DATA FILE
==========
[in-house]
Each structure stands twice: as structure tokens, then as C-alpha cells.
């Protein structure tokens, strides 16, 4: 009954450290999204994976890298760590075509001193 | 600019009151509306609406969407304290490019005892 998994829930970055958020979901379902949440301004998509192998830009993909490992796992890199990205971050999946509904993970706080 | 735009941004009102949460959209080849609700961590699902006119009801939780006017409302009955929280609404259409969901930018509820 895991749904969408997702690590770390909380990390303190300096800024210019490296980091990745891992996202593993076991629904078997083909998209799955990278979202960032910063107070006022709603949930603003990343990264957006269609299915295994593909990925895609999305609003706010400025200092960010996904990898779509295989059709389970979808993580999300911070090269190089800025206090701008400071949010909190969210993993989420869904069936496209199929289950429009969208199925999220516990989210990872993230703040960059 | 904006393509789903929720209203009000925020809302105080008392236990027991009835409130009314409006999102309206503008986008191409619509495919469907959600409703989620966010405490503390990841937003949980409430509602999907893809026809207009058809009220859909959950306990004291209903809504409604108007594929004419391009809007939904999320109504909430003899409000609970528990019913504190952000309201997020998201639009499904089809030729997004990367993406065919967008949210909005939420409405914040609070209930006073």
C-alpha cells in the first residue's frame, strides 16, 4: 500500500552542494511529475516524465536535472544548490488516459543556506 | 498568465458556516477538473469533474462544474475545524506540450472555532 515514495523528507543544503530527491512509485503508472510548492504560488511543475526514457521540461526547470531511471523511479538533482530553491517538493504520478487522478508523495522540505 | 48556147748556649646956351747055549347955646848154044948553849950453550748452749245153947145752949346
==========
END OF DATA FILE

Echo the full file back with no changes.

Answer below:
[in-house]
Each structure stands twice: as structure tokens, then as C-alpha cells.
């Protein structure tokens, strides 16, 4: 009954450290999204994976890298760590075509001193 | 600019009151509306609406969407304290490019005892 998994829930970055958020979901379902949440301004998509192998830009993909490992796992890199990205971050999946509904993970706080 | 735009941004009102949460959209080849609700961590699902006119009801939780006017409302009955929280609404259409969901930018509820 895991749904969408997702690590770390909380990390303190300096800024210019490296980091990745891992996202593993076991629904078997083909998209799955990278979202960032910063107070006022709603949930603003990343990264957006269609299915295994593909990925895609999305609003706010400025200092960010996904990898779509295989059709389970979808993580999300911070090269190089800025206090701008400071949010909190969210993993989420869904069936496209199929289950429009969208199925999220516990989210990872993230703040960059 | 904006393509789903929720209203009000925020809302105080008392236990027991009835409130009314409006999102309206503008986008191409619509495919469907959600409703989620966010405490503390990841937003949980409430509602999907893809026809207009058809009220859909959950306990004291209903809504409604108007594929004419391009809007939904999320109504909430003899409000609970528990019913504190952000309201997020998201639009499904089809030729997004990367993406065919967008949210909005939420409405914040609070209930006073």
C-alpha cells in the first residue's frame, strides 16, 4: 500500500552542494511529475516524465536535472544548490488516459543556506 | 498568465458556516477538473469533474462544474475545524506540450472555532 515514495523528507543544503530527491512509485503508472510548492504560488511543475526514457521540461526547470531511471523511479538533482530553491517538493504520478487522478508523495522540505 | 48556147748556649646956351747055549347955646848154044948553849950453550748452749245153947145752949346